For those who might not know, there are a lot of countries which have their own variation on green sauce, as it was imported from the Near East by the Romans, and eventually spread through its empire. Basically, it's a sauce which features a mixture of various green herbs; many variations of this sauce are mayonnaise-based. I decided I loved avocados more, so my take on Sauce au Vert was born.
Sauce au Vert
2-3 garlic cloves
1 bunch chives
2-3 bunches basil
Juice of 1 lemon
1-2 tbsp tarragon vinegar
Olive oil, varies due to preferred consistency.
Blend your greens with lemon juice, garlic, and tarragon vinegar. This is essential! You want to get those greens dealt with before you add the avocado, or you'll just gum up the works of your food processor or blender (ask me how I know). Once you have your greens dealt with, whether that's a rougher chop or a more consistent puree, you want to add in your avocado and blend again. Thin your sauce to desired consistency with olive oil and salt to taste. This recipe creates a thick butter which is great to top fish or eggs, or a thinner dressing, pasta sauce, or dip.
You can mix this up by swapping half the basil for cilantro, and swapping the lemon for lime. Add jalepenos for kick. Or, change the flavors with additional herbs like parsley, oregano, dill, or sage. Add mustard or horseradish for kick. Add anchovies or capers for a saltier flavor. Roast your garlic beforehand for a sweeter, more mild garlic flavor. If you want to make a boatload, add a ton of spinach. There are all sorts of ways to change it up!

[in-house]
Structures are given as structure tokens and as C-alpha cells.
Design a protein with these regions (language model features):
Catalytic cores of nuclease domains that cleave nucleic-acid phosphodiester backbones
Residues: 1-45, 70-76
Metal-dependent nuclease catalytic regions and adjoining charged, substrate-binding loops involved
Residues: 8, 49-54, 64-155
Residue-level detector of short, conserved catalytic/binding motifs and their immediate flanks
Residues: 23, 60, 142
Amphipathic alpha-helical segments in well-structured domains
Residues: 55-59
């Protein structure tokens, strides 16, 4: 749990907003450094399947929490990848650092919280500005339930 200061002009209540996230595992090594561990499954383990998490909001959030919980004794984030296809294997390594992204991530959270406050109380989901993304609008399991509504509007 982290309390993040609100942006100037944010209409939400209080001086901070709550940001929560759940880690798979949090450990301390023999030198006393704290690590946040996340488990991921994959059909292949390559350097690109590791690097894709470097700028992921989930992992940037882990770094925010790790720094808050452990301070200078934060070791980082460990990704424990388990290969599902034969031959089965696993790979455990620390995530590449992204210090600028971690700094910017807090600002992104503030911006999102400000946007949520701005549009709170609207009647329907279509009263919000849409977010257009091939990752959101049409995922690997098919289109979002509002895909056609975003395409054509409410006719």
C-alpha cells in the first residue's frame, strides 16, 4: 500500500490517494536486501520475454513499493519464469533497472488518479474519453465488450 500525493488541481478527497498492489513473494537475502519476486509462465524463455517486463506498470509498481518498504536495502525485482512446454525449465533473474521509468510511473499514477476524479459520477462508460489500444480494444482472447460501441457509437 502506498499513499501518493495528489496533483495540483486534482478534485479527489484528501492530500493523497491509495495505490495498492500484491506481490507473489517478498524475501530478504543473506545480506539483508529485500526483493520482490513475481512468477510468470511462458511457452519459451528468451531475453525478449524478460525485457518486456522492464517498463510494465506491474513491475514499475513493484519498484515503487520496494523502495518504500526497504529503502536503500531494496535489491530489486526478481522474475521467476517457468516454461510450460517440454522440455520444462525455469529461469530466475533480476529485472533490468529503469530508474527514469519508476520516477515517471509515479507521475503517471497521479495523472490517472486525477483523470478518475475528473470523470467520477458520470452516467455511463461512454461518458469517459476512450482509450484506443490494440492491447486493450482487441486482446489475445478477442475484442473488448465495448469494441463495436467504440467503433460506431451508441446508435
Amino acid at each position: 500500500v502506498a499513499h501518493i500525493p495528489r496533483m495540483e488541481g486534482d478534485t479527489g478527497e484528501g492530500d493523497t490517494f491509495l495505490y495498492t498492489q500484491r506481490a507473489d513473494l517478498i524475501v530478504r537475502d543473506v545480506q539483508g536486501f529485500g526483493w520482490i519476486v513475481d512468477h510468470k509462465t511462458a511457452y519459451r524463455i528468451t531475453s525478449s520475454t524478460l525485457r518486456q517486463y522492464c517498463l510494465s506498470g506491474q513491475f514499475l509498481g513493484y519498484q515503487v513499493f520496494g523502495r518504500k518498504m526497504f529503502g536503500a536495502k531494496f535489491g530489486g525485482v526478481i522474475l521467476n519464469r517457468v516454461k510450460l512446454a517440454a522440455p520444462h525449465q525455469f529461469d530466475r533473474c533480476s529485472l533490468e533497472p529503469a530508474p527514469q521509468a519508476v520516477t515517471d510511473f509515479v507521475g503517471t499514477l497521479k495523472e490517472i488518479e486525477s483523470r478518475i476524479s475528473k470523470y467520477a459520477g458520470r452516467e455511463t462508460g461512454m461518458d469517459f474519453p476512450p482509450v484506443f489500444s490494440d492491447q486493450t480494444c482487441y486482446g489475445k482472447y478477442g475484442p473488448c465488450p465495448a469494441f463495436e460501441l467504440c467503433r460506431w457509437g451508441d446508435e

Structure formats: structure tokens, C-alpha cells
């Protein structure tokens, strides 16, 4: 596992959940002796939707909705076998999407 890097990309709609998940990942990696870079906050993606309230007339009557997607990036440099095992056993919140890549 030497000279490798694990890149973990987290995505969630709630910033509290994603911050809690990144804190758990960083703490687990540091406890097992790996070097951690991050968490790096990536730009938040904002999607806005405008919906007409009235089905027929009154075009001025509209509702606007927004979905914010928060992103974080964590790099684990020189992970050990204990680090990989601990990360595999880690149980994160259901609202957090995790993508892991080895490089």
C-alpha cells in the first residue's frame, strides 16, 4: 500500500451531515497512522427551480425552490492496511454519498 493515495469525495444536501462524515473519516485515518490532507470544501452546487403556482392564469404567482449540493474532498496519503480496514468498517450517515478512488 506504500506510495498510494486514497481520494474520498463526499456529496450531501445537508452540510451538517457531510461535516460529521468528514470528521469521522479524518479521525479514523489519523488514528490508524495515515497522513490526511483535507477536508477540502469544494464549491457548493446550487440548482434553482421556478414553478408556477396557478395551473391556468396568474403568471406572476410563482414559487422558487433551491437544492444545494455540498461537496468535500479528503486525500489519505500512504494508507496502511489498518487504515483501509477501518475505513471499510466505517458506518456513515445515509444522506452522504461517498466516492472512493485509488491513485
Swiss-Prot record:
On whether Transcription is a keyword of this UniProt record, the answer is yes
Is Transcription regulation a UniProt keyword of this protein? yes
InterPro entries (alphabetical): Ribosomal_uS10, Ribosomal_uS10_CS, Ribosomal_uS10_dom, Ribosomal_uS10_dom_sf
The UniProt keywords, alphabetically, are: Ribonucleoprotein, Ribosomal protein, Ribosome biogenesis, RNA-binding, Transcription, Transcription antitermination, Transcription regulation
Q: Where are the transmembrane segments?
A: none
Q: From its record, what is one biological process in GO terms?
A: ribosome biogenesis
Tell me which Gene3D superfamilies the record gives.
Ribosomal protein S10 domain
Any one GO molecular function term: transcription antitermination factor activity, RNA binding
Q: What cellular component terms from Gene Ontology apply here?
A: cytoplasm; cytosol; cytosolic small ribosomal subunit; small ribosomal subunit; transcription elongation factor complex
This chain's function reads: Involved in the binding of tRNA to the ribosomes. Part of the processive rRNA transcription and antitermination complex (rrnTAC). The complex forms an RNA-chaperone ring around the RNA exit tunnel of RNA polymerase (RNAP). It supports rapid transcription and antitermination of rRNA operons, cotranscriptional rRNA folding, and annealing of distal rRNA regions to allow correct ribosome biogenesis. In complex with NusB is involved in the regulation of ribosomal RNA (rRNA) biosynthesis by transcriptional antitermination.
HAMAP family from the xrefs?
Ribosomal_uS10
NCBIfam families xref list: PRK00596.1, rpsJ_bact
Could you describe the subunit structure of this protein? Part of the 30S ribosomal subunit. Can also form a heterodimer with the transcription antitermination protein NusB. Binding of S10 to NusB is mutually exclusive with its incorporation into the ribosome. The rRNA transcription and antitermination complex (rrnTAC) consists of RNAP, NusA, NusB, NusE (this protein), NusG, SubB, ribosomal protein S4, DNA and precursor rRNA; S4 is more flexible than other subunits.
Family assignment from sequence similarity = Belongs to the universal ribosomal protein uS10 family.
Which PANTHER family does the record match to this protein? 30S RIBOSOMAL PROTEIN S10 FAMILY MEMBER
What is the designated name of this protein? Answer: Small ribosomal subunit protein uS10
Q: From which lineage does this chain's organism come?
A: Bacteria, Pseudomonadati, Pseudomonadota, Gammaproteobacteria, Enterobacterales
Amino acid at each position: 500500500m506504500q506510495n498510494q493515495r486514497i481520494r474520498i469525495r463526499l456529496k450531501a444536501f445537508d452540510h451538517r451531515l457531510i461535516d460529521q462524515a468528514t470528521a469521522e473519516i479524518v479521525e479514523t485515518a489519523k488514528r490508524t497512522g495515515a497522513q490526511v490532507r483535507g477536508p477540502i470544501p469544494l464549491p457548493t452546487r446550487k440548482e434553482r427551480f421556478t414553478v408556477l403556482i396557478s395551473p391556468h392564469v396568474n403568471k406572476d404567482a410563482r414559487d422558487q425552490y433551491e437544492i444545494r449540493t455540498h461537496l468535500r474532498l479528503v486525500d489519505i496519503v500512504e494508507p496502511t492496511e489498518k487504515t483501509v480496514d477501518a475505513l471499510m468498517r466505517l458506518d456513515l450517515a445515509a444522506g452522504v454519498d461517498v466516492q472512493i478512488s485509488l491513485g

I served this as a topping for salmon, and it was a huge hit. (It also ended up on top of the asparagus). With extra lemon and olive oil to thin it, it would also make a great dressing for a salad meant to accompany the salad. Some other ideas:
- Add tuna or salad shrimp. Keep the herbs the same or take it in a Mexican-inspired direction. Stuff a tomato or bell pepper with your concoction and delight your taste buds.
- Slice eggplant or zucchini with a mandoline, and make a raw take on pesto rollatini.
- Toss with pasta or zoodles, and serve with sun dried tomatoes. You can add chicken or pine nuts for added protein.
- Use it as a sauce base for a vegetable flatbread.
- Whirr it up with some white beans for a hummus-like dip for crudites.
- Use a dollop to top off some minestrone.
- Top off your turkey burgers, crab cakes, or fish cakes with this sauce.
- Use it as a spread for club sandwiches or BLTs.
- Garnish your eggs with it. (Trust me, it's delicious!)
- This makes a great alternative to butter when you want something to jazz up your corn on the cob.